ATHENS — Being a midweek starter on a college baseball team can be a ho-hum job. Typically it means you’re not a good enough of a pitcher to be included in the weekend rotation.
Then there’s Georgia’s Tim Elliott. Not only has he offered up good enough stuff to be considered a Friday night starter at a lot of places, but he has been putting up otherworldly numbers against mostly Top 25 opponents.
Elliott will get a chance to do that yet again tonight as the No. 4-ranked Bulldogs (33-8) take on No. 11 Georgia Tech (27-13) in their annual game at SunTrust benefiting Children’s Healthcare of Atlanta. More than 20,000 tickets already have been sold for what we stand as the rubber game in this year’s three-game series.
Elliott got his first career win at SunTrust pitching in relief against the Yellow Jackets as a freshman in 2017.
“It’s huge,” said Elliott, who was also Georgia’s starter in its two previous games against Tech this year. “Not only are they a ranked team, but they’re our rivals. ‘Squash the bugs’ is our thing. We’ve beaten them the last two years, so getting this series win again is going to be huge.”
Elliott’s confidence is well earned. The junior right-hander has been a midweek force on the mound for the Bulldogs this season. He enters tonight’s game 5-1 with 1.52 ERA). It will be his third start against Tech this season. He is 1-0 with a 2.38 ERA against the Yellow Jackets this year. In 11.1 innings he has allowed 3 earned runs on 7 hits with 13 strikeouts and 5 walks.
Tech will counter with freshman right-hander Cort Roedig (1-1, 4.05 ERA), who will be making his fifth start of the year.
Elliott’s work has helped make Georgia’s pitching staff the best in college baseball this year. The Bulldogs lead the NCAA in earned-run average (2.57), fewest hits allowed per nine innings (5.70) and walks and hits per 9 innings pitched, or WHIP, (1.04).
Opponents are batting only .182 against the Bulldogs, who also sport a .982 fielding percentage (3rd nationally). Georgia’s record for lowest ERA in a season is 2.97 by the 1958 club and the next best is 3.26 by the 1967 squad.
The Bulldogs also have been getting some timely hitting. They’re batting .266 with a .376 on base percentage. But it’s pitching that has put Georgia in the national championship picture this season.
“I had a coach after our weekend series was over say to me, ‘you know, you’re pitching is relentless.’ That’s the word he used,” Georgia coach Scott Stricklin said. “We’re able to bring out one guy after the next without much dropoff. Every starter we have is low- to mid-90s and we have guys coming out of the pen throwing 98 miles an hour. Just every single guy that’s going to the mound has plus-plus stuff, and that’s exhausting to other teams, to other hitters. We just keep coming at you.”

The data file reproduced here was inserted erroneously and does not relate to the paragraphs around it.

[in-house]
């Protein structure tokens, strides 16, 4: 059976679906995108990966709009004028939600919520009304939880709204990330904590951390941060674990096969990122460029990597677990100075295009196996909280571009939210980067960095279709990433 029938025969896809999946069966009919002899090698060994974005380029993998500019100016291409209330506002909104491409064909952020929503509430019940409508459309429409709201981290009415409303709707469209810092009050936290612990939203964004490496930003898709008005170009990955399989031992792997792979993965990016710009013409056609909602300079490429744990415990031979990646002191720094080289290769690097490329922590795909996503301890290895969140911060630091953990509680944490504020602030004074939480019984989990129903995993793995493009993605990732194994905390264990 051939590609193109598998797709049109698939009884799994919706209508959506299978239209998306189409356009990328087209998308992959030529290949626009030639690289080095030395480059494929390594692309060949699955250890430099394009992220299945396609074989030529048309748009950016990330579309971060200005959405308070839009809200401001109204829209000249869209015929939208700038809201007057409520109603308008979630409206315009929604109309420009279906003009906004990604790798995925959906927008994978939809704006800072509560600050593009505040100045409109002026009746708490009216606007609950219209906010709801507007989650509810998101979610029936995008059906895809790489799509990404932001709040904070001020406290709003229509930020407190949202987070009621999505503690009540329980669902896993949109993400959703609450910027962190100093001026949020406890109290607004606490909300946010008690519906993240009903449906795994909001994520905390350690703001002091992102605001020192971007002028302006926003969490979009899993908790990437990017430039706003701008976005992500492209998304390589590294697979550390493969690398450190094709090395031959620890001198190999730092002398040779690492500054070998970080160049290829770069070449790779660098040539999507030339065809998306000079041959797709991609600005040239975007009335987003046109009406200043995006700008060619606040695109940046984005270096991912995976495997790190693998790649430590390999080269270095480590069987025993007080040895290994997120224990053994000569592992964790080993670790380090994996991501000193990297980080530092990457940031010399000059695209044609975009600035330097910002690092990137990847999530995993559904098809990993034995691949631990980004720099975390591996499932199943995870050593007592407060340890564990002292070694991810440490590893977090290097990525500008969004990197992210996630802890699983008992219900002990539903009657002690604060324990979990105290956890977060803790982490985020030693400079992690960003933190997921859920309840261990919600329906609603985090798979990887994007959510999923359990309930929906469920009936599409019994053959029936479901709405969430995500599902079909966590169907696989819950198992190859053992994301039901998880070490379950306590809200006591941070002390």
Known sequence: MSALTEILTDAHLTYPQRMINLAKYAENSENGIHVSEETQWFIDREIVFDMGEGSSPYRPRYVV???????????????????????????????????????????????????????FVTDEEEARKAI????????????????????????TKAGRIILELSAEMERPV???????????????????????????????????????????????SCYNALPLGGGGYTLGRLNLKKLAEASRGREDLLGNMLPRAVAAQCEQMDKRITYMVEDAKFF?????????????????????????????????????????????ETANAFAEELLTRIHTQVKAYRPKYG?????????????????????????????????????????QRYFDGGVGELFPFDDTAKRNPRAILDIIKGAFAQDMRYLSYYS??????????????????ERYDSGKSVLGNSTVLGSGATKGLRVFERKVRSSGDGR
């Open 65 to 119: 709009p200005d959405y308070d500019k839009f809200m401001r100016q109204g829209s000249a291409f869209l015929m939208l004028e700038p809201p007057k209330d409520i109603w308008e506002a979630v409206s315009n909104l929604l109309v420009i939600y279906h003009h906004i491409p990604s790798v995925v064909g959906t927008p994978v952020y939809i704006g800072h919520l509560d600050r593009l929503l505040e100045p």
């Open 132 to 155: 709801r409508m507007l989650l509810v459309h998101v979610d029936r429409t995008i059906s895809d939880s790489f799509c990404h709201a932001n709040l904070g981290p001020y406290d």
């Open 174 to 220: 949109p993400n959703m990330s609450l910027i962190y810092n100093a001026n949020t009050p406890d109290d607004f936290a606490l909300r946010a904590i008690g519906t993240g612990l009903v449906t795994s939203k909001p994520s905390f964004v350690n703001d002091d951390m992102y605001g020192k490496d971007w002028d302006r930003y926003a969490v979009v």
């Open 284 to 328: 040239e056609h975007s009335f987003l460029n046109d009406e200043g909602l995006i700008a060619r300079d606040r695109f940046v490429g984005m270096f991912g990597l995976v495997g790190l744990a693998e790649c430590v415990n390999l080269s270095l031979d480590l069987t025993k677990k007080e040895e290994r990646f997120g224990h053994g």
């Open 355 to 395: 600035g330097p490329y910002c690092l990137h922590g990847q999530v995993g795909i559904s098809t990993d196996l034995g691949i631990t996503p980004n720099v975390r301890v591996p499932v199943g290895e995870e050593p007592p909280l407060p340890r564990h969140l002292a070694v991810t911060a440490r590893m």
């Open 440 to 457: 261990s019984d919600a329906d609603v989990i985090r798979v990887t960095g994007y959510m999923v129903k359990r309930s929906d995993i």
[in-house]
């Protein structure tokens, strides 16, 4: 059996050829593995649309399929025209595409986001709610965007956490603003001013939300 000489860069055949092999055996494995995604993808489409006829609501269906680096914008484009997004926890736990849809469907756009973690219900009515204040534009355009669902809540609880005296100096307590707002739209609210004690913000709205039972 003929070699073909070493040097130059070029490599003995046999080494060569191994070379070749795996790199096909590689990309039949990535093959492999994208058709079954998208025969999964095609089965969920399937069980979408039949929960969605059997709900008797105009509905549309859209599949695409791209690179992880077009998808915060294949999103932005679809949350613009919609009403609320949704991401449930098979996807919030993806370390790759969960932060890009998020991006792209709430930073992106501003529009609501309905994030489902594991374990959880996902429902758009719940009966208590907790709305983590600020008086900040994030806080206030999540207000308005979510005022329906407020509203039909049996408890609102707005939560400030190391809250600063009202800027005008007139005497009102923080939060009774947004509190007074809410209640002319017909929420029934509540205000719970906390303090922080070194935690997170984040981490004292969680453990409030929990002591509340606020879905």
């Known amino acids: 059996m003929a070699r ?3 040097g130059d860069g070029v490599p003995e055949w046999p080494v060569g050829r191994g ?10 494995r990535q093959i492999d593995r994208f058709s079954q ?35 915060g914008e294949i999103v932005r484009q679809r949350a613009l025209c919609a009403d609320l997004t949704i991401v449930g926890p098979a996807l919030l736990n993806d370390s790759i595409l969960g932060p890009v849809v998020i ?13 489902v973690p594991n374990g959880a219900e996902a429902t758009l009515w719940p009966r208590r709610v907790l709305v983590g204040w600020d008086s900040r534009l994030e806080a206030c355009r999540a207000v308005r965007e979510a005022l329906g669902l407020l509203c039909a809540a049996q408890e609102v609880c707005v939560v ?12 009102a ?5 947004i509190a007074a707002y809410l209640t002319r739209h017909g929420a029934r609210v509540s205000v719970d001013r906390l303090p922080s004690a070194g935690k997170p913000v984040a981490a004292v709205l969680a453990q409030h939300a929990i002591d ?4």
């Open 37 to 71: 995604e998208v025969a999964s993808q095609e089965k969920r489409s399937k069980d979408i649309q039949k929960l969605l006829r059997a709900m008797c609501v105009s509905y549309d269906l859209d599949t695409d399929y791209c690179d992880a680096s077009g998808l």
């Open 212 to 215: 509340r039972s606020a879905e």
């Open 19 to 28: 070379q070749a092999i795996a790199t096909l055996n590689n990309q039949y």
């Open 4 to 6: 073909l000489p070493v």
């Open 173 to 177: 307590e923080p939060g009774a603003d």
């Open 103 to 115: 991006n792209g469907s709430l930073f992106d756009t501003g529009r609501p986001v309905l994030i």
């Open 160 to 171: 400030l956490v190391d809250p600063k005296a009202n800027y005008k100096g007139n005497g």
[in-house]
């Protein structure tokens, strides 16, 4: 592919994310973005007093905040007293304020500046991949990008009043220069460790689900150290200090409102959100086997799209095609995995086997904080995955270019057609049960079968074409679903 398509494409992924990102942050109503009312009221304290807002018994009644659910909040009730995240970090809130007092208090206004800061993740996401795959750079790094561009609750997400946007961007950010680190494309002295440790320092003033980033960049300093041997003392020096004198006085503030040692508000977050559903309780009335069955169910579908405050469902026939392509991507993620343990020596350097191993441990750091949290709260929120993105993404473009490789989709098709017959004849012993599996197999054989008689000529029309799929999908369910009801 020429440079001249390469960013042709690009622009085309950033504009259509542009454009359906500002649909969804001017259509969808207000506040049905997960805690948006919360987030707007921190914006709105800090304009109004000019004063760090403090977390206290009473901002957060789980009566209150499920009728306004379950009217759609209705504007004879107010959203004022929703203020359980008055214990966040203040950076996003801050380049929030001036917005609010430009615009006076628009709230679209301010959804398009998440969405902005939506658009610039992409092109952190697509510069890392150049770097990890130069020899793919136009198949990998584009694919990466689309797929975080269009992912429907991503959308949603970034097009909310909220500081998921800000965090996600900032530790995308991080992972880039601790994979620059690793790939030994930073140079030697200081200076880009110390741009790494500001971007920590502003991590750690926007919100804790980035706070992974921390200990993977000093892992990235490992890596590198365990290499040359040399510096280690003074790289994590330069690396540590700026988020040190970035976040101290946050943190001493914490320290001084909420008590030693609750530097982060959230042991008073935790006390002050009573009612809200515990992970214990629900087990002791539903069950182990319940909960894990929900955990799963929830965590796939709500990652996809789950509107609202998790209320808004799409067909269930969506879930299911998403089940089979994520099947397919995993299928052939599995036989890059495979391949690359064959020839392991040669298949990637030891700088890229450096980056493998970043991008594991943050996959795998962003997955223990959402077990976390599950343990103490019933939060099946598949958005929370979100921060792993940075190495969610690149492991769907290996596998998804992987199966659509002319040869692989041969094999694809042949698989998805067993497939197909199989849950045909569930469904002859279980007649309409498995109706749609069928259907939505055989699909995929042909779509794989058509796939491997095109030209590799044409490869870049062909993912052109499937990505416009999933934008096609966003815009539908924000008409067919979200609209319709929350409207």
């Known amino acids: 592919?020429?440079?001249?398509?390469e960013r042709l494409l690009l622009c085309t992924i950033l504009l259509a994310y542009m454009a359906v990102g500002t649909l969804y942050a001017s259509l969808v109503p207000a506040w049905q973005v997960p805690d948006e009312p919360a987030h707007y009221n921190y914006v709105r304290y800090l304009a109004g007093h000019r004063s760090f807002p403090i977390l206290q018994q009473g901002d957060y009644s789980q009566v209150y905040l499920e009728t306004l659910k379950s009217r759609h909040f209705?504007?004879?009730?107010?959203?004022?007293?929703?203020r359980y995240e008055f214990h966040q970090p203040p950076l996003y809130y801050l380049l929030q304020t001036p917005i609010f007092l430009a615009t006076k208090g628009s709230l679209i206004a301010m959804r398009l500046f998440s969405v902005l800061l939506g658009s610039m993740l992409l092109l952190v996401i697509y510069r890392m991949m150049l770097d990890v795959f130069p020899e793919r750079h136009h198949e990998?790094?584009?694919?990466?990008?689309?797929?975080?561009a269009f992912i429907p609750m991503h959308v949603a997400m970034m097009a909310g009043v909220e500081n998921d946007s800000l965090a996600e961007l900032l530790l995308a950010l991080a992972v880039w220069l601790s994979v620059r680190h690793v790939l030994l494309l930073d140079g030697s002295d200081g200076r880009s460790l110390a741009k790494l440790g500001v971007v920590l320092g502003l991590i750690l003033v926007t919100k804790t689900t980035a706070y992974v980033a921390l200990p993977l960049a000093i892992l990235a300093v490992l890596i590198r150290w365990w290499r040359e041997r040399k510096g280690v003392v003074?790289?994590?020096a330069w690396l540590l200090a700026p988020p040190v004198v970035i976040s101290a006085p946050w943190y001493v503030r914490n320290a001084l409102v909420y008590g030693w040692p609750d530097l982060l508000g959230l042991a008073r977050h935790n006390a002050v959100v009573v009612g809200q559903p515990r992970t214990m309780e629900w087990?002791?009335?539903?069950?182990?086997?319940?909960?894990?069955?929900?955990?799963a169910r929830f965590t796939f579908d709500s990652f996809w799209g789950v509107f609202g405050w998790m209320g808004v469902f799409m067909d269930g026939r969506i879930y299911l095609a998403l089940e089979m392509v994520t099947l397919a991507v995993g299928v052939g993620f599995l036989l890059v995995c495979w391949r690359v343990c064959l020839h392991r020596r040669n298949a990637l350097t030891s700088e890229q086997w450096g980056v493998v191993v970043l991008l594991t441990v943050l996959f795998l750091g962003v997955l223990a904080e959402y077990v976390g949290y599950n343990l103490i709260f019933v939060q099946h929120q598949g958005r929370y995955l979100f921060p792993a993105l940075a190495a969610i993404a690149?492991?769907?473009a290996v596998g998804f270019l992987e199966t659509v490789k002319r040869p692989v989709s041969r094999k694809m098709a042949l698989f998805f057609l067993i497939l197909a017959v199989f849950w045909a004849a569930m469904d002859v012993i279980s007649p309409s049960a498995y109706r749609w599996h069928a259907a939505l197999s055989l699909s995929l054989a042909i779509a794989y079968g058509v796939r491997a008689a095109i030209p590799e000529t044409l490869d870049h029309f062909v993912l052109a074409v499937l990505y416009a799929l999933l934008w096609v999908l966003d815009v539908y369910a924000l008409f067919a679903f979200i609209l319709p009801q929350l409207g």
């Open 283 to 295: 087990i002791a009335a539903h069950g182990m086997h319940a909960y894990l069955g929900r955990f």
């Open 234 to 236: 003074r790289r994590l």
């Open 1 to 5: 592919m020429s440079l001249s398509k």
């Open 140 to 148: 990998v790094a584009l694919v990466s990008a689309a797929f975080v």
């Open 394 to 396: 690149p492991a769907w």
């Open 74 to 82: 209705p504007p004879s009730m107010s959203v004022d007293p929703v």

Elliott, a 6-1 junior out of Loganville, very much wanted to be part of the Bulldogs’ rotation. He was barely edged out for that duty coming into this season.
But it’s hard to argue with results as Emerson Hancock (7-2, 1.04 ERA), Tony Locey (7-0, 2.04) and C.J. Smith (3-2, 3.05) all have been not just effective, but dominating. Behind them all has been a hard-throwing bullpen featuring Aaron Schunk (11 saves, 1-1, 2.14), Zac Kristofak (5 saves, 3-0, 3.86) and Cole Wilcox (1-0, 1.50 WHIP).
Elliott has come to grips with his role and embraced it.
“Of course I wanted to be a weekend starter,” he said. “I thought I deserved it; we all do. We all compete, but we all love each other. Once I got (the midweek) spot, I was like, ‘you know, I’m going to be the best weekday starter out there. I’m going to prove I deserve to be there.’ Next thing you know we’re facing Top 25 teams every week and it worked out well.”
It has. And the Bulldogs hope to use that to their advantage again tonight.
Technically, the non-conference game is not going to affect Georgia’s national profile. There’s cause to overlook this game and focus on what’s about to transpire this coming weekend at Mississippi State.
But that won’t happen.
“It’s the biggest game of the year,” Stricklin said. “It’s for bragging rights in the state, it’s our rival, it’s at SunTrust Park, it’s tied 1-to-1, everything’s on the line. So, for us, it’s the biggest game of the year.”
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